Two people were killed and two injured in avalanches across the central Sierra.
Search teams at Donner Ski Ranch in eastern Nevada County have recovered a man's body after a Monday morning avalanche, sheriff's officials said.
Truckee resident Steven Mark Anderson, 49, was identified as the man who was found Monday afternoon at Donner Ski Ranch.
Nevada County Sheriff's Department shortly received a report that the man was overdue around noon Monday, and he feared the man may have been caught up in an avalanche that occurred at the ski resort sometime around 9:30 a.m., said Sgt. Bob Jakobs.
At approximately 1:30 p.m., a Sugar Bowl Ski Patrol canine alerted search crews to an area at the base of the slide's debris field, Jakobs said. Anderson was quickly located approximately 2 feet to 3 feet under the snow where the canine had alerted.
Earlier on Monday, a ski patroller at Alpine Meadows ski resort near Lake Tahoe was air-lifted to a Reno hospital Monday morning after he was buried in an avalanche, a resort official said.
Bill Foster, 53, was pronounced dead on Tuesday at Renown Medical Center.
According to a statement from Amelia Richmond, Public Relations Manager at Squaw Valley (which owns neighboring Alpine Meadows), Foster was caught in the avalanche at about 10:45 a.m. Monday in the resort's Sherwood Bowl area.
"The avalanche was triggered by an explosive charge that had been thrown by a senior member of the ski patrol team," Richmond said. "The patrol team members were positioned in an area that was, based on historical experience, believed to have been a protected area. The ... avalanche broke much higher and wider on the slope than previously observed in past snow safety missions."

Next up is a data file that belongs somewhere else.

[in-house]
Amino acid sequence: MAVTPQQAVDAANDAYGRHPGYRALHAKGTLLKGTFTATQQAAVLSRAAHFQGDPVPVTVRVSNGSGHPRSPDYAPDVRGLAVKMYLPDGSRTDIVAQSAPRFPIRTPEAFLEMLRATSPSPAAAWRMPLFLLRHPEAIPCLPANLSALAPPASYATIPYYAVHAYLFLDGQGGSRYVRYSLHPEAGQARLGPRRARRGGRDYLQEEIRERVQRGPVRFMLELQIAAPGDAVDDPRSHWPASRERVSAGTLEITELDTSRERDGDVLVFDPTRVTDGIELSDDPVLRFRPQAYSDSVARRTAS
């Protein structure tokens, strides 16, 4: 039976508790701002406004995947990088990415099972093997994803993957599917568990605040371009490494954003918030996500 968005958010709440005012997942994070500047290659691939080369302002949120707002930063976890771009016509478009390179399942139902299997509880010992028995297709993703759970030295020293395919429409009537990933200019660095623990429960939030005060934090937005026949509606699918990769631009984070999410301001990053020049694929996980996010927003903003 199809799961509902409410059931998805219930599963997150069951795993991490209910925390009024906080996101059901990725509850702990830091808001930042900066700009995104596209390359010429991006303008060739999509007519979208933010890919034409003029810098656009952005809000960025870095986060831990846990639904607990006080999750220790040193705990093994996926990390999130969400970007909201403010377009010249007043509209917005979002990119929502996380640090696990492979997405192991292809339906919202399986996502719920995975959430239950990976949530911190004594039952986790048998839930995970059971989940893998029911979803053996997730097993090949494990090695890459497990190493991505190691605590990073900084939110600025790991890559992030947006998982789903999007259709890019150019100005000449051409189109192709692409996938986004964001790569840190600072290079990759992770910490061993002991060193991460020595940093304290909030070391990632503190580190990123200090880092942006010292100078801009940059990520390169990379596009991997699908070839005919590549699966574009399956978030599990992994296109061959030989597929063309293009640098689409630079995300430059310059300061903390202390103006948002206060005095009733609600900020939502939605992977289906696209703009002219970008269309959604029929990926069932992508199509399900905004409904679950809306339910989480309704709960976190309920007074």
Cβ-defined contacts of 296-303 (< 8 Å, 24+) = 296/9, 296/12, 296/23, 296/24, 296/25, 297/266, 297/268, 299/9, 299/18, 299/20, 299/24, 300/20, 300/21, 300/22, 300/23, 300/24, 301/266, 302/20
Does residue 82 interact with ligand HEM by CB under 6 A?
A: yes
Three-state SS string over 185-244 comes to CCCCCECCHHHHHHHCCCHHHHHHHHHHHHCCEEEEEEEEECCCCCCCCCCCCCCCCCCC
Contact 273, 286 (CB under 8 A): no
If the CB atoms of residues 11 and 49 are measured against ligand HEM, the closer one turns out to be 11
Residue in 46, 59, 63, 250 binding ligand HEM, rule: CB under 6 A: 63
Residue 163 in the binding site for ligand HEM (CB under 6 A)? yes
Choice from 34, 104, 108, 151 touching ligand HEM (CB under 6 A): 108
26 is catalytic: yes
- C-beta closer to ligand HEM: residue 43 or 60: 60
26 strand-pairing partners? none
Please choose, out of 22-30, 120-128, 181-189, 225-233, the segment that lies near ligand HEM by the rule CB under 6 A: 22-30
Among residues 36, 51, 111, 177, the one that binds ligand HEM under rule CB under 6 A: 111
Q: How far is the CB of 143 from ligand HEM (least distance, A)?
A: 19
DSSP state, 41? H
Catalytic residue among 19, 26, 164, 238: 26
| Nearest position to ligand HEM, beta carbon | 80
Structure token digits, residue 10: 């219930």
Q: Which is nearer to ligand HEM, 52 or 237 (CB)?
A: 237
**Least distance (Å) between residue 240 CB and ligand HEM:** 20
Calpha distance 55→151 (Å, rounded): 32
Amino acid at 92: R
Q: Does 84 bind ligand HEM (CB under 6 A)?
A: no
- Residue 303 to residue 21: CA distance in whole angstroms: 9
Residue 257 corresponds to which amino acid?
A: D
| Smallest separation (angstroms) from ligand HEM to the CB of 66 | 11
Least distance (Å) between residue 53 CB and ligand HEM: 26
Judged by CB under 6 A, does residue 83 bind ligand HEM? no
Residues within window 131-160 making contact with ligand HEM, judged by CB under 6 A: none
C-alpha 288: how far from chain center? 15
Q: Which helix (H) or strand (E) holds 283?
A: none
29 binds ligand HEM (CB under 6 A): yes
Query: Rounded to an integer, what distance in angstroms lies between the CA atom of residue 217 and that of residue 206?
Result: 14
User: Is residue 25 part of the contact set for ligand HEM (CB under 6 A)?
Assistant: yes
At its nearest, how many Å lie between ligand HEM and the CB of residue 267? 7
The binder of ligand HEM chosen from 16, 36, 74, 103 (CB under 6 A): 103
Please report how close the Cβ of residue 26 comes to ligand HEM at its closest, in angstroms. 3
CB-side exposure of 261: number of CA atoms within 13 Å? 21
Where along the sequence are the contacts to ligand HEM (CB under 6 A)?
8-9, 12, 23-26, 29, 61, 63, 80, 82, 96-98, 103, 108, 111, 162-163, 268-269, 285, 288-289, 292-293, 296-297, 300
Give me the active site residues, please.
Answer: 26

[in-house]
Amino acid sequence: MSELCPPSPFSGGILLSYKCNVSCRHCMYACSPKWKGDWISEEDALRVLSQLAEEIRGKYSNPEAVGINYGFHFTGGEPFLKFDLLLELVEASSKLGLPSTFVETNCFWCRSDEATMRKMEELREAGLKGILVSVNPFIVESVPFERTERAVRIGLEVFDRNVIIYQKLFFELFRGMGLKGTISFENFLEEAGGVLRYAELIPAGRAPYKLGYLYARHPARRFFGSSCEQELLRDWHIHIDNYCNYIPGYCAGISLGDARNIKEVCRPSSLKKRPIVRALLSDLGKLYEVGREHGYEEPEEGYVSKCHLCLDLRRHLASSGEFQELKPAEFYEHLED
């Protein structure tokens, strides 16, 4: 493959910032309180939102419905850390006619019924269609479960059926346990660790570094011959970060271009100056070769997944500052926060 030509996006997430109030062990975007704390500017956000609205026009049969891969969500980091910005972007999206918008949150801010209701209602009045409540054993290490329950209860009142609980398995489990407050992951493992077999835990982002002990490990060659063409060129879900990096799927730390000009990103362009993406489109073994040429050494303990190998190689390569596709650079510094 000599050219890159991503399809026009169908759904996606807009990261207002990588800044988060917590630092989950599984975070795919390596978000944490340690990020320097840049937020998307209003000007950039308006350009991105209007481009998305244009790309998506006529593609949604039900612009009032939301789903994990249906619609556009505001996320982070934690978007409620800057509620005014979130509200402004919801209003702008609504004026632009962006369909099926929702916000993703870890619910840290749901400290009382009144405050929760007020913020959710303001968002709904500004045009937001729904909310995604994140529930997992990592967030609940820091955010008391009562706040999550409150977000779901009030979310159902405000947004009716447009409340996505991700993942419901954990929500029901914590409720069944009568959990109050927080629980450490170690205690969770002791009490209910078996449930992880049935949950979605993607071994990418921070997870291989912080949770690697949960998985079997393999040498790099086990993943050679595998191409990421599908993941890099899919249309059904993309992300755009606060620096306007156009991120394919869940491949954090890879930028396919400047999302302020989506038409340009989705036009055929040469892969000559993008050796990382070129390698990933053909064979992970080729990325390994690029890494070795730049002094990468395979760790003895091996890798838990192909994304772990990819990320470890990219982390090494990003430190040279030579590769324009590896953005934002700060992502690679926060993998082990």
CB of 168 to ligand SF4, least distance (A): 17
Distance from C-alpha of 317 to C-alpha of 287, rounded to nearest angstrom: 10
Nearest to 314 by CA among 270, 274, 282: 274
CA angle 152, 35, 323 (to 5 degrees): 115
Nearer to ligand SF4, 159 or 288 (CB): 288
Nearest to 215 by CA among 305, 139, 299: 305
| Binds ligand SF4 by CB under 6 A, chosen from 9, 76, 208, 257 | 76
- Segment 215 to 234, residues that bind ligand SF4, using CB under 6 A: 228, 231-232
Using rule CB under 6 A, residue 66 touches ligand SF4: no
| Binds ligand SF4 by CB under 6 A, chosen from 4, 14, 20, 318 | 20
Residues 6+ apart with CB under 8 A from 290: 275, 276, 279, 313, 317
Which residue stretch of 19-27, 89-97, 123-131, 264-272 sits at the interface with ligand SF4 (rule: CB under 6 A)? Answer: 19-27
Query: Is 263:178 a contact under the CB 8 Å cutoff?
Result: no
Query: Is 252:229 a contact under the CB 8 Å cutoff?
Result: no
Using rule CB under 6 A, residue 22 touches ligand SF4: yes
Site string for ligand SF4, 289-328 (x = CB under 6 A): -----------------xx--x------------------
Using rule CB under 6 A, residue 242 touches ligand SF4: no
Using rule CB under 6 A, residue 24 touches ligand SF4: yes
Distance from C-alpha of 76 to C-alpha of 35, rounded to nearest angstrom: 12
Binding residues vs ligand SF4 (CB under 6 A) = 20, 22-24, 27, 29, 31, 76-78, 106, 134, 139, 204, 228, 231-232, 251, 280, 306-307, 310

He was found within one minute and uncovered within eight minutes from the time of the avalanche, Richmond said.
Two people suffered nonlife threatening injuries after an avalanche occurred Sunday morning at Squaw Valley ski resort, officials said.
Three snowboarders triggered the in-bounds slide at 9:50 a.m. on a portion of the KT-22 peak, according to a statement from Squaw Valley Public Relations Manager Amelia Richmond.
The Sierra Avalanche Center is forecasting considerable avalanche danger on all aspects of slopes steeper than 33 degrees due to wind slabs and heavy snow loads.
"Large, destructive human triggered avalanches will remain likely," the center reported. "Natural avalanches will remain possible."
Avalanches have been reported to the center from Highway 88 to just north of Interstate 80.
The Sierra Sun's Kevin MacMillan and the Grass Valley Union's Christopher Rosacker contributed to this report.